«

»

Oct 30 2012

Our Favorite Scary Vehicles From Movies and TV

Photo courtesy of frontroomcinema.com

Halloween is tomorrow.

And that means, more candy, more It’s the Great Pumpkin, Charlie Brown, and more really scary TV shows and movies.

It also means tonight is Devil’s Night—a night mostly associated with mayhem and Detroit, MI. And since Detroit is the automotive motherland, a list of our favorite scary cars and trucks from TV and cinema seems the only logical course of action.

See what we did there? Of course you do. Smarties.

We’re a bunch of tough guys (and gals) who don’t scare easily. So “scary” is probably too strong a word. What we did was sift through our favorite horror- or monster-themed movies and TV shows, and pick out the most-memorable vehicles.

The result? This pile of awesome: Our favorite scary vehicles—ever.

1956 Peterbilt 281 tanker truck

Duel semi truck

Photo courtesy of imcdb.org

Duel - 1971

There were four trucks used in this made-for-TV film. The 1956 variety was on screen the most, so we rolled with it. Written by sci-fi horror literary genius Richard Matheson, Duel is a great little story about a man driving on a mostly deserted highway who ends up being tormented by a semi-truck driver. As made-for-TV movies go, Duel is one of the best ever.

1958 Plymouth Fury

1958 Plymouth Fury - Christine

Photo courtesy of automotohub.com

Christine – 1983

You guys already dubbed Christine one of your favorite movie cars but there was no way we were leaving her off this list. She’s sexy. She can fix herself. And she will straight-up ruin your day if you cross her—or just because she feels like it.

1970 Chevy Nova

1970 Chevy Nova from Death Proof

Photo courtesy of la-pellicule-brule.com

Death Proof – 2007

Piece of advice: If you are a very attractive woman trying to hook up with Stuntman Mike in some roadside dive bar, don’t go for a ride in his Nova. Just don’t. The Death Proof Nova is a sweet ride. But it’s perhaps the scariest of the bunch, striking just the right balance of fantastic muscle car and frightening murder weapon.

The Munster Koach

The Munster Koach

Photo courtesy of entertainmentdesigner.com

The Munsters – 1964-66

The Munster Koach was built using three Model T bodies. It was 18 feet long. It was powered by a 289 Ford Cobra engine from a 1966 Mustang GT. It had a top speed of 150 miles per hour, which is pretty respectable for a limo-length vehicle hauling around five members of the Munster family. It was built by legendary custom auto builder George Barris, who designed the original Batmobile and General Lee.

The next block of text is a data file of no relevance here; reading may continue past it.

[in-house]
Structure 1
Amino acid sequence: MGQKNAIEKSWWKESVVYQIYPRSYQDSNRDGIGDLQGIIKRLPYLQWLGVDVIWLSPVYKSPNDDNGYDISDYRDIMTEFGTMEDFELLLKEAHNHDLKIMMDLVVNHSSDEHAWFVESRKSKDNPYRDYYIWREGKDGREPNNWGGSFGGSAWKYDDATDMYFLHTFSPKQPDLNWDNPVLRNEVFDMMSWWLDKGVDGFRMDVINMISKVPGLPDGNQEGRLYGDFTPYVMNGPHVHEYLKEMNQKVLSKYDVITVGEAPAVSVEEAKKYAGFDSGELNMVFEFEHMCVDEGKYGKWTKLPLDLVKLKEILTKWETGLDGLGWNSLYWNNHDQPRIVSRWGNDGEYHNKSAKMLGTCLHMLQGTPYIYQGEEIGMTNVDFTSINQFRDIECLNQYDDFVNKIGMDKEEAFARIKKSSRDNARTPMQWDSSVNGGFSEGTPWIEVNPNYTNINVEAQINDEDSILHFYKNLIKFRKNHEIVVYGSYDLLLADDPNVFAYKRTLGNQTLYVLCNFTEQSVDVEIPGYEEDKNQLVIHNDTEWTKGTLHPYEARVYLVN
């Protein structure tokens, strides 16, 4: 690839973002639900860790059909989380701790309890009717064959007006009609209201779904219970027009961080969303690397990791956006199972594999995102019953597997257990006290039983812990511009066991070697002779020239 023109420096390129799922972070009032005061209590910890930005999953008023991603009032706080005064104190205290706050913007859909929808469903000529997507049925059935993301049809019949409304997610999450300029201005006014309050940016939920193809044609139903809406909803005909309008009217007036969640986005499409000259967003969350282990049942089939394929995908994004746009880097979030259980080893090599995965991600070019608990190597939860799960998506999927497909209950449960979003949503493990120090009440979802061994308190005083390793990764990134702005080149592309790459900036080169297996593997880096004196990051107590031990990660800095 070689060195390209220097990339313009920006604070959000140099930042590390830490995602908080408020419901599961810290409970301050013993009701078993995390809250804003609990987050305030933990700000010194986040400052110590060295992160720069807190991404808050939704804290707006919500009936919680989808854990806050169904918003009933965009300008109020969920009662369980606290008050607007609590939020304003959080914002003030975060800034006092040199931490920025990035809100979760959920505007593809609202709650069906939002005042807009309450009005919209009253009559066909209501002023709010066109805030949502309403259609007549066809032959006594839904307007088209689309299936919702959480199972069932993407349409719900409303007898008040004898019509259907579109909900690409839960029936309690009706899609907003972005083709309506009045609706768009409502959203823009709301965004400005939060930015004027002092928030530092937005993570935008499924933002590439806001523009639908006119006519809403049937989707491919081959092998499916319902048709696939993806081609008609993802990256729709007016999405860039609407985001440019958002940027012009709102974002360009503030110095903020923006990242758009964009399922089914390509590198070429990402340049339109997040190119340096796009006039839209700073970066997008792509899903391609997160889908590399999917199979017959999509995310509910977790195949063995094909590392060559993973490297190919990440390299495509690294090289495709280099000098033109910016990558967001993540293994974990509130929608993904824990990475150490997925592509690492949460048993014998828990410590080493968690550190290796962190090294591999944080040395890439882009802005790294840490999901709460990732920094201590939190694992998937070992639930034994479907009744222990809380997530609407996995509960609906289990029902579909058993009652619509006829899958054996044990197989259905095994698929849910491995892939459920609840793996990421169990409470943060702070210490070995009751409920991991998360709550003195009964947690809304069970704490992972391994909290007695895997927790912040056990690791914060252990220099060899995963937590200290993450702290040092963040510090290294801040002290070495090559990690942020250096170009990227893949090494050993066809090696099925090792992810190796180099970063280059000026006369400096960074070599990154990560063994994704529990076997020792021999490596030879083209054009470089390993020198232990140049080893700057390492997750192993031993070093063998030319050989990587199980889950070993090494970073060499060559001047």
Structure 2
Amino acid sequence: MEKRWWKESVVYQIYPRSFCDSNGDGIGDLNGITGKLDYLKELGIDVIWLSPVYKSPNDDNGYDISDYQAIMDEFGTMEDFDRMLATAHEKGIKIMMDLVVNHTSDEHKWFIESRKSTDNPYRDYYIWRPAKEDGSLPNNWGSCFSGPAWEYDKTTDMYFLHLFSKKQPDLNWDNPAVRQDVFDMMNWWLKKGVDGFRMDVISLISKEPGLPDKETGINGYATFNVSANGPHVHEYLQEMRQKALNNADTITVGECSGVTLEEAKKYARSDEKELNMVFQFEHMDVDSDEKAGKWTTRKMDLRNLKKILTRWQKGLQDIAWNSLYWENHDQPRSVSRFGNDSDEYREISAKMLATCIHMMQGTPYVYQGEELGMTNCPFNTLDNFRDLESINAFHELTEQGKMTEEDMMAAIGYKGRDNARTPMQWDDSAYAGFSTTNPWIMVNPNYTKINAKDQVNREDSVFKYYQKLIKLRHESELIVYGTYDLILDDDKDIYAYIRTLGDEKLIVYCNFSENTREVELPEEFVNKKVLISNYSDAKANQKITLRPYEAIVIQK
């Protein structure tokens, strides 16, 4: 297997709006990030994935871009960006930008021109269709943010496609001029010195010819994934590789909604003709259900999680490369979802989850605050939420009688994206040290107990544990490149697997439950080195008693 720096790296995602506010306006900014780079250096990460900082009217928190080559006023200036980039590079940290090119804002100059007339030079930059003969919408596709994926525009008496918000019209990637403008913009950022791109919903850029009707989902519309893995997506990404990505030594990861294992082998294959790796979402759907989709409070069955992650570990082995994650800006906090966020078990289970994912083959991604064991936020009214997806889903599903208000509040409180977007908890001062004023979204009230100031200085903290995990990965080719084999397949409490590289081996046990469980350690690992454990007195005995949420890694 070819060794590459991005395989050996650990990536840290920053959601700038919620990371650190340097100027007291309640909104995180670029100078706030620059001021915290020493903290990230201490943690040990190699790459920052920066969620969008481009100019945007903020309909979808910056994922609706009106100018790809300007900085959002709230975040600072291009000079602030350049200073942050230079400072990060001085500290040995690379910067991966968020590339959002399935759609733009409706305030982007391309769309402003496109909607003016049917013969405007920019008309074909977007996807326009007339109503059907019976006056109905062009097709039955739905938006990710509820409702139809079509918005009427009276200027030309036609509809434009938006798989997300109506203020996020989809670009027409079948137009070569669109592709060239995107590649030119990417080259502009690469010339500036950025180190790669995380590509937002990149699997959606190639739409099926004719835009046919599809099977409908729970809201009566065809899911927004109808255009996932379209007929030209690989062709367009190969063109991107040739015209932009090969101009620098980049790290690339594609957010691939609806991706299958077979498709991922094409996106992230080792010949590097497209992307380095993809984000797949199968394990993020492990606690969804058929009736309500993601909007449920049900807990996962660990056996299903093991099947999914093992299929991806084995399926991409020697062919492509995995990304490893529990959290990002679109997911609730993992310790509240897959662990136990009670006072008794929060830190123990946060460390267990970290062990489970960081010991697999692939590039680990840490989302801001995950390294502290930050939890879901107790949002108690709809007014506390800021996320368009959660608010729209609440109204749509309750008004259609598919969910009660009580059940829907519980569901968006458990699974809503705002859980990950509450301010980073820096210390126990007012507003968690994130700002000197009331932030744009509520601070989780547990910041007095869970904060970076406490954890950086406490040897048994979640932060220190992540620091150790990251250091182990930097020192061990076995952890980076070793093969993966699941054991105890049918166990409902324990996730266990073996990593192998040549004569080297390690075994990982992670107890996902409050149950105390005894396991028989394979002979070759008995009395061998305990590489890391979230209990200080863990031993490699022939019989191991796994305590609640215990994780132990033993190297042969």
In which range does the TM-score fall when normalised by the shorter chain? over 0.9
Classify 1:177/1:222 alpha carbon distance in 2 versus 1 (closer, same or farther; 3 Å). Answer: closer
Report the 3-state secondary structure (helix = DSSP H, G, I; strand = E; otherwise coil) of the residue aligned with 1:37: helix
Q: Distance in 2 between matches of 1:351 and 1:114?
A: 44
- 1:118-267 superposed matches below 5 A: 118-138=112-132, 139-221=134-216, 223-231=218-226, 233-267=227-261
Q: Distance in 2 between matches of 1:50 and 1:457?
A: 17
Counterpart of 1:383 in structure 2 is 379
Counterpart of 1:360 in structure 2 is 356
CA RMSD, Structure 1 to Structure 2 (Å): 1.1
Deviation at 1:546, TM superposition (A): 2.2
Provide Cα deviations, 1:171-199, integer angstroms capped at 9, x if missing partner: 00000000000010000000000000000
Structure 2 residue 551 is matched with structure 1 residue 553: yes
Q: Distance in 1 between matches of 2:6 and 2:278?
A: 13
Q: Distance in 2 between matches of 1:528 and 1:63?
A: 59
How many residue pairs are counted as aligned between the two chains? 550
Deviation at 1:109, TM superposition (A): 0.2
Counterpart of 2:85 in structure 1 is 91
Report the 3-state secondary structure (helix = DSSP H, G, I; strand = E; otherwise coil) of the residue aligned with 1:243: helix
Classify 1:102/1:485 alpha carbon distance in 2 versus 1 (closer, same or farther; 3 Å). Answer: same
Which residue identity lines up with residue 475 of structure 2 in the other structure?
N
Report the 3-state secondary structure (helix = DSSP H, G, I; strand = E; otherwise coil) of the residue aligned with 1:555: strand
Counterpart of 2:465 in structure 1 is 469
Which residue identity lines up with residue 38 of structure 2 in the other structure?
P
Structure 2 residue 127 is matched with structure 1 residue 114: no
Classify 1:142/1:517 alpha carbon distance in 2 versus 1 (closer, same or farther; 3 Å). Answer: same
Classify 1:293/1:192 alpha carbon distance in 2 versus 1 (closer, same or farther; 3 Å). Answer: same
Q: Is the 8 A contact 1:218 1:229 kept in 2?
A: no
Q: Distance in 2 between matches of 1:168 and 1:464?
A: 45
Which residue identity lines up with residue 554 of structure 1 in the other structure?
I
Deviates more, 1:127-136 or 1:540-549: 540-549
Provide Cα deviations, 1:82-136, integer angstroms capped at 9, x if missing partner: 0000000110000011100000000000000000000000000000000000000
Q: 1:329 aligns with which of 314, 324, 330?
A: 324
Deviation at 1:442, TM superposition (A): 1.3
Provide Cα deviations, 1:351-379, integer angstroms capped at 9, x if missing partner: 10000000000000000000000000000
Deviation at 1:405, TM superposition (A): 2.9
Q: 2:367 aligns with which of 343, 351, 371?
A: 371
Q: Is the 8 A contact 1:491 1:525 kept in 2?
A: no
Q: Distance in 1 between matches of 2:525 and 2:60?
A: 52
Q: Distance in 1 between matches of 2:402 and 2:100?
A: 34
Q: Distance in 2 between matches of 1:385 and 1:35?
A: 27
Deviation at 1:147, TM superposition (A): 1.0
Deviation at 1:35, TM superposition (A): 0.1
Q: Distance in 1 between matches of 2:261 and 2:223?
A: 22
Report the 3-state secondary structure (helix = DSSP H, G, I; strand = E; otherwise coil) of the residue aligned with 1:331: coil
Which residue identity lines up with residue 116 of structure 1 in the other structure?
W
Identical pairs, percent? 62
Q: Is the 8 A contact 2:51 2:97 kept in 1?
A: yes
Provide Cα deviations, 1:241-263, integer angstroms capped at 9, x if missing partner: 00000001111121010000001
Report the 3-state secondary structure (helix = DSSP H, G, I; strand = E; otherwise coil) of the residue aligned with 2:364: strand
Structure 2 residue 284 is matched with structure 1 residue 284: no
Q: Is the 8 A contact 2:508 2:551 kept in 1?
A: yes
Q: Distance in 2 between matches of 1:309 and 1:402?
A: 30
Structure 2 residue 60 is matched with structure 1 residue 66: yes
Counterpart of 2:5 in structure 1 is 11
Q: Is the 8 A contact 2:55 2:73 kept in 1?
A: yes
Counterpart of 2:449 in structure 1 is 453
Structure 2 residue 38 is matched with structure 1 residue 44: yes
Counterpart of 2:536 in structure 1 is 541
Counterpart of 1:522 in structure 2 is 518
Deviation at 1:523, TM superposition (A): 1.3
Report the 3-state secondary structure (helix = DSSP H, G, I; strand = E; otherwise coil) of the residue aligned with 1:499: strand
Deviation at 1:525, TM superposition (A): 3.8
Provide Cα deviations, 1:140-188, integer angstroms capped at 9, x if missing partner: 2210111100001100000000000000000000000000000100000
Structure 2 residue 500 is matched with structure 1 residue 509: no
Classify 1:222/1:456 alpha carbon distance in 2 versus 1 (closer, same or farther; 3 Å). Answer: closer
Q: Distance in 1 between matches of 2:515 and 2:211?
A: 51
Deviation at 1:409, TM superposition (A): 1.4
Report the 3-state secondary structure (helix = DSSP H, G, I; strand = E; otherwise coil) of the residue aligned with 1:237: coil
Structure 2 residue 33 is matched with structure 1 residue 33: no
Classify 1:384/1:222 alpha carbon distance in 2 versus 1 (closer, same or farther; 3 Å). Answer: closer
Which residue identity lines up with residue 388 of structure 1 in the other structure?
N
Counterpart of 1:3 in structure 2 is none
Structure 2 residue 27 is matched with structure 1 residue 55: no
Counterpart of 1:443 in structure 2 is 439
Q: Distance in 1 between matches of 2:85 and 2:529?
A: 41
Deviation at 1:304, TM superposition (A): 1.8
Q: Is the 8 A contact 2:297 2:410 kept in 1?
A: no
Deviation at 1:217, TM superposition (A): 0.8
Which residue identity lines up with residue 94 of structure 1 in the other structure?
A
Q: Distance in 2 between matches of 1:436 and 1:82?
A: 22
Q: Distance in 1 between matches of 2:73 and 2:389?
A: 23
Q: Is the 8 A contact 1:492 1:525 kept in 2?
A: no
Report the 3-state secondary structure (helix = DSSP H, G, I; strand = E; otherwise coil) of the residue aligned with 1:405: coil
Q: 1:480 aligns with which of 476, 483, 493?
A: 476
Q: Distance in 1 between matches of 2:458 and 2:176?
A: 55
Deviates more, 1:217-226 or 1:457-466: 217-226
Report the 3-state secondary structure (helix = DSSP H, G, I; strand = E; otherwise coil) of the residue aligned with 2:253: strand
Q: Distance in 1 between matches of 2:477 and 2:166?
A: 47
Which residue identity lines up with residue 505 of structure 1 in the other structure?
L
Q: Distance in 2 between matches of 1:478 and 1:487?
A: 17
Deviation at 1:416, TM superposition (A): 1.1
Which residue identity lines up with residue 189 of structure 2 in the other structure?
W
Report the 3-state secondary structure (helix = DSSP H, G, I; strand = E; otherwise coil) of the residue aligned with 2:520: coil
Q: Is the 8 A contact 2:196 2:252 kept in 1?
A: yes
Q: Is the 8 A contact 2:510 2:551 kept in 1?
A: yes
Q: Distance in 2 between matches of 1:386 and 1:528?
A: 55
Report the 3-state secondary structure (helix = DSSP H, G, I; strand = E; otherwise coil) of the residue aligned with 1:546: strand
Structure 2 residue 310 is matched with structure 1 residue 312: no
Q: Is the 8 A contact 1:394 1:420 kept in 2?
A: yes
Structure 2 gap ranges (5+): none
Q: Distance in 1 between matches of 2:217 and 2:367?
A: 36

1971 Lincoln Continental Mark III

1971 Lincoln Continental Mark III from The Car

Photo courtesy of imcdb.org

The Car – 1977

Another Barris creation, this ’71 Lincoln was the star of yet another movie thriller based on a self-aware vehicle intent on killing people. The Car is a crappy movie with a bit of a cult following. If you accept up front that it’s a crappy movie, then it’s possible to enjoy watching it. Like Step Brothers.

White-Western Star 4800 semi truck

White-Western Star 4800 truck from Maximum Overdrive

Photo courtesy of badmovies.org

Maximum Overdrive – 1986

This is another film that didn’t exactly receive accolades for its quality and credibility. But just pretend you were 7 years old when it came out, and your one defining memory is that big Green Goblin mask on a mission to eat your face just before running you over. Some of us were less tough when we were 7. Don’t judge.

1973 Oldsmobile Delta 88

1973 Oldsmobile Delta 88

Photo courtesy of deadites.net

The Evil Dead – 1981

This is the film that made Bruce Campbell, Bruce Campbell—the undisputed king of the B movie. The 1973 Olds was film director Sam Raimi’s first car and typically makes an appearance in all Raimi-made films—not unlike Campbell. Check out the Army of Darkness version. The Evil Dead is one big, fat pile of theatrical mayhem. As we celebrate another Halloween, we don’t think that’s a bad thing.

 

What are your favorite vehicles from horror- or monster-themed cinema and television?

Comment Using Facebook